Others on social media instantly knew what the injury and shoe failure meant for Nike and its competitors.
We’re not about to say Nike’s stock price is going to fall on Thursday, but this really couldn’t be worse for them.
Williamson was soon ruled out for the rest of the game due to his knee, raising questions about his future at Duke, and whether he might actually follow Scottie Pippen’s advice.
As the backlash from Nike’s “Just Do It” campaign featuring Colin Kaepernick continues, one company in Colorado is so disgusted it is offering customers a rare opportunity to purchase discount apparel.
As KRDO NewsChannel 13 noted discovered, a sporting goods store called Prime Time Sports in Colorado Springs has hung a sign in its front window announcing that all Nike products are now 50 percent off. The sign reads “Still choosing to stand.”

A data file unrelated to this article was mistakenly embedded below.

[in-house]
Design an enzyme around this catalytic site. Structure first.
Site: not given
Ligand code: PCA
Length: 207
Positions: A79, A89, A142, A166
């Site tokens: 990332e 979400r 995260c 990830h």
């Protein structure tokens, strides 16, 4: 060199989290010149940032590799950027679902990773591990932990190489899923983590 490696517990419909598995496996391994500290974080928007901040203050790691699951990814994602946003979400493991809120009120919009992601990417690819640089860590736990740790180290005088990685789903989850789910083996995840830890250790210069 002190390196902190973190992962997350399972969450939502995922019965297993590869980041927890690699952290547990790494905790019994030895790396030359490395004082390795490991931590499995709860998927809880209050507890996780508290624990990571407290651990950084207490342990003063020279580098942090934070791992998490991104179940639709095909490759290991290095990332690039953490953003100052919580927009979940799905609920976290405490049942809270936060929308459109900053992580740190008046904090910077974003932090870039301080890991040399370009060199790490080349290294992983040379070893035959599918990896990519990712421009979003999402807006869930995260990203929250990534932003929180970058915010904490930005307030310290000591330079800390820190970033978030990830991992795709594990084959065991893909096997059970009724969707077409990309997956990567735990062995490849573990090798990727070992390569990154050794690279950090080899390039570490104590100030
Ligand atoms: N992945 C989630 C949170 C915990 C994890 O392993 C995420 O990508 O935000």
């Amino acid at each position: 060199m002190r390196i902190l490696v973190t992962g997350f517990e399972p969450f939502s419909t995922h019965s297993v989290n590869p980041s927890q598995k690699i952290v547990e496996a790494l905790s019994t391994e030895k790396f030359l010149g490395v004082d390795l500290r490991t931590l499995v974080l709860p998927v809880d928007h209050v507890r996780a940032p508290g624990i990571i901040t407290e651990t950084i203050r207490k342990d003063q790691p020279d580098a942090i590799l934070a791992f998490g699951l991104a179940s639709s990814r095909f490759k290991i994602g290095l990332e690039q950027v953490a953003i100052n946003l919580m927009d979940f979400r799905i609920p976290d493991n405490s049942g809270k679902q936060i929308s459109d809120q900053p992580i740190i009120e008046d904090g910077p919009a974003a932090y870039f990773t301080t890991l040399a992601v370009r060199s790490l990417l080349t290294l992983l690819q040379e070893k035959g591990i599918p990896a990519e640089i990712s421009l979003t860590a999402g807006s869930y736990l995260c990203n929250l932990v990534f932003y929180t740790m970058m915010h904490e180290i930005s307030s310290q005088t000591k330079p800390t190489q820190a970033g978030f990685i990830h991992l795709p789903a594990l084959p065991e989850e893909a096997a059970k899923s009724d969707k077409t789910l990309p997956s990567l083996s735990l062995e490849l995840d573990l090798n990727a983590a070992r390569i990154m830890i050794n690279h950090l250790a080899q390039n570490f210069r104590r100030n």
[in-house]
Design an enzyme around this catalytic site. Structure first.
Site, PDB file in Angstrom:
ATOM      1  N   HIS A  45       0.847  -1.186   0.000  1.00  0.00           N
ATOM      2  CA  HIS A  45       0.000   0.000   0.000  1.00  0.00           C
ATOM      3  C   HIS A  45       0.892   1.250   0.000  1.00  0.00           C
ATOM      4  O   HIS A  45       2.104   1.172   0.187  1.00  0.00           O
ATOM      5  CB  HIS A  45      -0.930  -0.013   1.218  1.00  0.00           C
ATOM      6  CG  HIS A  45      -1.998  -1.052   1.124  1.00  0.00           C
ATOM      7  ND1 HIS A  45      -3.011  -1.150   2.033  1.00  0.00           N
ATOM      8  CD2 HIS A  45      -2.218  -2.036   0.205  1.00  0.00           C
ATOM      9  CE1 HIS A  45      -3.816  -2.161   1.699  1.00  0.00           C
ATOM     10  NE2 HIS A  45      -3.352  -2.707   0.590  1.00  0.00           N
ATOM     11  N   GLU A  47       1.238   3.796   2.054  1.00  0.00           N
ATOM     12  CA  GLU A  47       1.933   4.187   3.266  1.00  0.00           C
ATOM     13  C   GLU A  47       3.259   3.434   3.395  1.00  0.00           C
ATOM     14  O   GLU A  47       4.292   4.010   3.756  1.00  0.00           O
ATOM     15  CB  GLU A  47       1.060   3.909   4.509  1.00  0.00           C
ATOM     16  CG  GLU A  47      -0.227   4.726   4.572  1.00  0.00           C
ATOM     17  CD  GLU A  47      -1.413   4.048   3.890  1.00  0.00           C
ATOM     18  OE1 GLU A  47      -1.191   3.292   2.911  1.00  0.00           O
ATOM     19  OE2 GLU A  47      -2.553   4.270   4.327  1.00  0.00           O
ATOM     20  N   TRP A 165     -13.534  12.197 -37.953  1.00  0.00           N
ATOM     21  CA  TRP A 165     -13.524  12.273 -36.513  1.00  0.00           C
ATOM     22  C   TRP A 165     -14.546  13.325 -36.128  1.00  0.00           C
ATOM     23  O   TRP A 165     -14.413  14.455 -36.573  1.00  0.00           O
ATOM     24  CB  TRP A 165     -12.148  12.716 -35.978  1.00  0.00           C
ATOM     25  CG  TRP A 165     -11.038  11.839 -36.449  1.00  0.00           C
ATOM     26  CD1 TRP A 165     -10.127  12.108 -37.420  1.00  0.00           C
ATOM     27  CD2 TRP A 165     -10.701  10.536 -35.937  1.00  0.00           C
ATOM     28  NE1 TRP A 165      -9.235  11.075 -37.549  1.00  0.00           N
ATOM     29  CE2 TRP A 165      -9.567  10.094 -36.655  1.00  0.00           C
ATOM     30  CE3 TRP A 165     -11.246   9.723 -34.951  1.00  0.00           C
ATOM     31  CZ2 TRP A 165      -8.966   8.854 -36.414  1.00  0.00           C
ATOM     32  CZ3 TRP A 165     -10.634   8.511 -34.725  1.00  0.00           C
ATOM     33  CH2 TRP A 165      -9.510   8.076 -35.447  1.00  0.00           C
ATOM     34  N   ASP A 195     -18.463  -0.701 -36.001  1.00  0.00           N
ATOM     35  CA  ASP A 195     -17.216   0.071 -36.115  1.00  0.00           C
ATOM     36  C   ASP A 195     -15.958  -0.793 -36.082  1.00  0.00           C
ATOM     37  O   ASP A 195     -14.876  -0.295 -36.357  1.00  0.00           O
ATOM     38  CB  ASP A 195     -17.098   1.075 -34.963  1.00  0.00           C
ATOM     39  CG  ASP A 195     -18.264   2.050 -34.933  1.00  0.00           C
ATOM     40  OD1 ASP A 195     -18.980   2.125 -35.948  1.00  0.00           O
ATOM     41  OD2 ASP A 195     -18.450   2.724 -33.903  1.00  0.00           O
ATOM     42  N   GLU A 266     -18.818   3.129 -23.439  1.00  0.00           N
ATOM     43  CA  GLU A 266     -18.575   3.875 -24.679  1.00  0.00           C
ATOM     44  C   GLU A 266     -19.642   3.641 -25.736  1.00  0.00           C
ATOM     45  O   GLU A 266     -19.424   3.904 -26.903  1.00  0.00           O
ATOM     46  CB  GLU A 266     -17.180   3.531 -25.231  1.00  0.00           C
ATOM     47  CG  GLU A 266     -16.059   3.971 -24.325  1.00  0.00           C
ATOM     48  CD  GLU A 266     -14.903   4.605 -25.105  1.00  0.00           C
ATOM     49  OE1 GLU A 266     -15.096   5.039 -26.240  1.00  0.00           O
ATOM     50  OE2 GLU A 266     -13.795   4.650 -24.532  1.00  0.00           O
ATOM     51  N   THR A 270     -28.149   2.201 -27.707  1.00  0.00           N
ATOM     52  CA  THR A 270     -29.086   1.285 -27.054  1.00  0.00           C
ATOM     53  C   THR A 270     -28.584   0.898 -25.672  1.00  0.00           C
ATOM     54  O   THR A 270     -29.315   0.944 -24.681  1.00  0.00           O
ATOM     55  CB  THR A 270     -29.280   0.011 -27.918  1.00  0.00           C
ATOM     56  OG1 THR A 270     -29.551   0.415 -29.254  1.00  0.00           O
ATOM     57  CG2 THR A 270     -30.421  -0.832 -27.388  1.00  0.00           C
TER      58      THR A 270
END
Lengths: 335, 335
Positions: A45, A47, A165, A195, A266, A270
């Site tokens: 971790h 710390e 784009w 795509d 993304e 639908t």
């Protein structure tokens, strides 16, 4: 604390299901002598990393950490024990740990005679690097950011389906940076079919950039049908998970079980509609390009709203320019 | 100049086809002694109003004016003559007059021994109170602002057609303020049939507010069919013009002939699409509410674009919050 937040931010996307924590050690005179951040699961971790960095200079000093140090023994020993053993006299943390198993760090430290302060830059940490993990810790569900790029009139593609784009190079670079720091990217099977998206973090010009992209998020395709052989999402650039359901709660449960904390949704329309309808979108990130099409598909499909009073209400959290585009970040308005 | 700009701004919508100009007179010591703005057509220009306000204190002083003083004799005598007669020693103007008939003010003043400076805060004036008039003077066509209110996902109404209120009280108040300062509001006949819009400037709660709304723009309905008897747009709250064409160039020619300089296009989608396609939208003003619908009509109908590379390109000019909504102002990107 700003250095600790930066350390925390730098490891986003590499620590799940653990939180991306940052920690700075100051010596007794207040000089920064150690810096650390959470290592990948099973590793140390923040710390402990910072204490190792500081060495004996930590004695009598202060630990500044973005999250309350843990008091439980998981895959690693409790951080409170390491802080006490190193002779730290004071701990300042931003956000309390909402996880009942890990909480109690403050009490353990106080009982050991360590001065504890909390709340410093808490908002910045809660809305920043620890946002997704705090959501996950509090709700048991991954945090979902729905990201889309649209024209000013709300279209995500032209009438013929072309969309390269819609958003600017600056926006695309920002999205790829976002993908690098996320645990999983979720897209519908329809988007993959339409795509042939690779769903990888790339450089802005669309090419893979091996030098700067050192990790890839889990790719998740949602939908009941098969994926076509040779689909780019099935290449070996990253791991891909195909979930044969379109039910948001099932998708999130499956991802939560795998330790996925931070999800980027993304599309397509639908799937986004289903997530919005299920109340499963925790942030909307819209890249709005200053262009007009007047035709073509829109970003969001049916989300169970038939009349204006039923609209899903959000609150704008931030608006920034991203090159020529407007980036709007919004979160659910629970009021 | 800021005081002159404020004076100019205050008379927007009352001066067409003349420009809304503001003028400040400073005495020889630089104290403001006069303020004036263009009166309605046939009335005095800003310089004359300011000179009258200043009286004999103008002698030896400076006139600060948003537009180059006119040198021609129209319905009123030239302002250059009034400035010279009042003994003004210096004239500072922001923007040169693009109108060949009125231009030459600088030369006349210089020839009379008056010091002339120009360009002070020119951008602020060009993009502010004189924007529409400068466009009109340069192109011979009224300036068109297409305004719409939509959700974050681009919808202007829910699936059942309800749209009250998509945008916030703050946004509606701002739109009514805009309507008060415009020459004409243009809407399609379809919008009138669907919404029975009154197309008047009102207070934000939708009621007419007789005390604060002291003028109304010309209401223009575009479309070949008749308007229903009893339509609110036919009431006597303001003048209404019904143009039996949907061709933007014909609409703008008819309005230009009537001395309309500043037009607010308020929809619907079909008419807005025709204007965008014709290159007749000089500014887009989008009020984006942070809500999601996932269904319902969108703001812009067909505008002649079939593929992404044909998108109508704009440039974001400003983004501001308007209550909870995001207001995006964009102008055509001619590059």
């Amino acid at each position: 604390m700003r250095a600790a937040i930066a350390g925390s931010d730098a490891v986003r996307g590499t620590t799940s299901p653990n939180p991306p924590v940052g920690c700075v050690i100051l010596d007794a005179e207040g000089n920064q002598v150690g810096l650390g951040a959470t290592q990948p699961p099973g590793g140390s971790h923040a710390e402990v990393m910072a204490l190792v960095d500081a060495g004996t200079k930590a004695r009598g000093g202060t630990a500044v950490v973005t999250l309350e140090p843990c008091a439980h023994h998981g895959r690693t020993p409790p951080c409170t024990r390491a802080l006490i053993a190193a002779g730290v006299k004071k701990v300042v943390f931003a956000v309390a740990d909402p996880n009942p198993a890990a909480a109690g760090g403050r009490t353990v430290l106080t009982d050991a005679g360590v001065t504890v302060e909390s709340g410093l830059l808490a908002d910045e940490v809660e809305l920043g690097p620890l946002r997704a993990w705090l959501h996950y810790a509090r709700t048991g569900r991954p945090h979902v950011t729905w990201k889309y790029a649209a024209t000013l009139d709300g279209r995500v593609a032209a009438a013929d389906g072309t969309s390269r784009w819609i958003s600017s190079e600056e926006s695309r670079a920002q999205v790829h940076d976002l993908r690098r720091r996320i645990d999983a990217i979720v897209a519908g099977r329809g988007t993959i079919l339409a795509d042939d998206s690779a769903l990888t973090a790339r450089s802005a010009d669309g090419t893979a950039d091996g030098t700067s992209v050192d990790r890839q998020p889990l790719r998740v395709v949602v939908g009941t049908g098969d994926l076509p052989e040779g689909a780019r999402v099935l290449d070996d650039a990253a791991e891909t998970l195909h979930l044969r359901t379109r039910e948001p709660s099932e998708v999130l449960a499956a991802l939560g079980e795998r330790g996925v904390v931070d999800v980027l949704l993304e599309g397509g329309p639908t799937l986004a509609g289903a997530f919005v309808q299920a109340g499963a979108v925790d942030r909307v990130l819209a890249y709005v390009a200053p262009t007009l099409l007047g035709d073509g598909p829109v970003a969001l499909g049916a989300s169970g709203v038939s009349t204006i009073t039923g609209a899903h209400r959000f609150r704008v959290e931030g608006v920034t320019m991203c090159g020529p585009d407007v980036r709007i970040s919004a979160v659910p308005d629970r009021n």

Stephen Martin, who has owned Prime Time Sports for 21 years, says he understands how much profit he could lose because of the large inventory of Nike NFL jerseys the store sells. That didn’t stop him from sending a letter to Nike expressing frustration over the Kaepernick campaign and calling the sports apparel juggernaut the “mother of all harlots.”
“According to me, (Kaepernick) has sacrificed a salary,” a note in the window of Prime Time Sports reads. “Nothing compared to what every soul on our ‘Honor the Flag’ memorial wall that was built a few years ago has suffered and died for.”
The note, which was written by Martin, is surrounded by photos of fallen service members. Martin started the sale Tuesday and said he intends to permanently rid the store of all Nike products.